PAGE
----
Over the last decades, a large amount researches expanded our knowledge of the Ca2+ handling among the interplays of T-tubule, ER, and mitochondrial in cardiomyocytes. Yet, there are also some unsolved queries and conflicting experimental results. It is urgent to explore the factors involved in coordinating formation of the T-tubular network, along with the potential molecular mechanisms in maintaining homeostasis of intricate architecture between T-tubule and the ER. Moreover, it is also critical to illustrate the transcriptional regulation mechanisms of various proteins reside within the MAMs and the precise mechanisms of calcium handling between ER and mitochondria. Besides, the balance between sufficient ATP consumption and acceptable ROS generation is still required further study. The further understanding of the molecular mechanisms involved in the crosstalk between Ca2+ handling and mitochondria in cardiomyocytes may provide newly concepts on the treatment of cardiovascular disease. And isogeneic therapeutic strategy would be another alternation to handle deadly arrhythmia and improve their prognosis.
LL, XL, YH, and KZ reviewed the literature and contributed to manuscript drafting; LL contributed to the figures in this manuscript. YL and HW were responsible for the revision of the manuscript for important intellectual content. All authors issued final approval for the version to be submitted.
This work was supported by grants from Technology Project of Sichuan Province of China (2021YFQ0061) and (2021YJ0171).
Conflict of interest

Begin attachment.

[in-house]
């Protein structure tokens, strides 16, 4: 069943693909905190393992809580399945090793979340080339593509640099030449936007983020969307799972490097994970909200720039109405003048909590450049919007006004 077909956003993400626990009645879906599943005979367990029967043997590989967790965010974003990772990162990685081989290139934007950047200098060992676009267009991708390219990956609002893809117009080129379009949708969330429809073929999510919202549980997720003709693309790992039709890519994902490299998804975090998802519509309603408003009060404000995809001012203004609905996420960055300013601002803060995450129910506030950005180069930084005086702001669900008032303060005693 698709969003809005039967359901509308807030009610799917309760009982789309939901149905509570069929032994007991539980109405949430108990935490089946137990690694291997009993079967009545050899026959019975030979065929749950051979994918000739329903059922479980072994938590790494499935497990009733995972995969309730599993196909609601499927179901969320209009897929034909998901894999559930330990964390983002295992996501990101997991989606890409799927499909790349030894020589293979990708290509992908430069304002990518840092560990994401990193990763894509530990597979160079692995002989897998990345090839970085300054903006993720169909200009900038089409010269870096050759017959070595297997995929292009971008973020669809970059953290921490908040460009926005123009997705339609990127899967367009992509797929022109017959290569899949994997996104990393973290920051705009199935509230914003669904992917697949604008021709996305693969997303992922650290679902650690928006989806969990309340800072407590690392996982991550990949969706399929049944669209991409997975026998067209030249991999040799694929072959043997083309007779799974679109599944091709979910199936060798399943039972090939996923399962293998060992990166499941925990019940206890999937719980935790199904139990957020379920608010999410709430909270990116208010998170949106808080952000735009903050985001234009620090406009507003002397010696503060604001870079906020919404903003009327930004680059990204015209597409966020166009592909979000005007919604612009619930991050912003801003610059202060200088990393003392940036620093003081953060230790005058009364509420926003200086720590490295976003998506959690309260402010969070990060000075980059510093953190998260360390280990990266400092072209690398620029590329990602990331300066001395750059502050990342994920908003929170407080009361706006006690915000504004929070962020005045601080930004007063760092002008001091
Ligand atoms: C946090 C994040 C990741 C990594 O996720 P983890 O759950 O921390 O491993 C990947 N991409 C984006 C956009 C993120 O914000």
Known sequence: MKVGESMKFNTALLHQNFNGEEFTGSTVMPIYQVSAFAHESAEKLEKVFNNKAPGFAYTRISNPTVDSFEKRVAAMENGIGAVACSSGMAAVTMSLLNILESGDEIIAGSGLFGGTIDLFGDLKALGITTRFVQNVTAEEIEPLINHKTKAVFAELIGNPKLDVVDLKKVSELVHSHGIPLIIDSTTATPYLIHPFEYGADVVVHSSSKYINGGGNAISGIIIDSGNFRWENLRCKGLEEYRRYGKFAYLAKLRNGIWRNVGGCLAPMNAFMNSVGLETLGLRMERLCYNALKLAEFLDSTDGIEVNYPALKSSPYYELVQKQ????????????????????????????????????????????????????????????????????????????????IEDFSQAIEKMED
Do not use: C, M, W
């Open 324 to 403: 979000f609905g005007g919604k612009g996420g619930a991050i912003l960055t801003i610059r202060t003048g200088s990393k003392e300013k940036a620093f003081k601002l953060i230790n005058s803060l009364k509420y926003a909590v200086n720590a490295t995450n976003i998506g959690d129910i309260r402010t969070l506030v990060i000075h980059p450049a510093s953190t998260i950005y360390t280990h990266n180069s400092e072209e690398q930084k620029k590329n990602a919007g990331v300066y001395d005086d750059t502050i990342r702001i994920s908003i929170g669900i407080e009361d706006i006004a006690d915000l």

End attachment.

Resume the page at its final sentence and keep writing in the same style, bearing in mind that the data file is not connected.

The authors declare that the research was conducted in the absence of any commercial or financial relationships that could be construed as a potential conflict of interest.
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Keywords: calcium handling, mitochondria, cardiomyocytes, heart failure, molecular mechanisms
Citation: Liu L, Zhou K, Liu X, Hua Y, Wang H and Li Y (2022) The interplay between cardiac dyads and mitochondria regulated the calcium handling in cardiomyocytes. Front. Physiol. 13:1013817. doi: 10.3389/fphys.2022.1013817
Received: 07 August 2022; Accepted: 24 November 2022;
Published: 02 December 2022.
Edited by:Wenjun Yan, Fourth Military Medical University, China
Reviewed by:Wenjun Xie, Xi’an Jiaotong University, China
Mingming Zhang, Tangdu Hospital, China
Copyright © 2022 Liu, Zhou, Liu, Hua, Wang and Li. This is an open-access article distributed under the terms of the Creative Commons Attribution License (CC BY). The use, distribution or reproduction in other forums is permitted, provided the original author(s) and the copyright owner(s) are credited and that the original publication in this journal is cited, in accordance with accepted academic practice. No use, distribution or reproduction is permitted which does not comply with these terms.
*Correspondence: Hua Wang, firstname.lastname@example.org; Yifei Li, email@example.com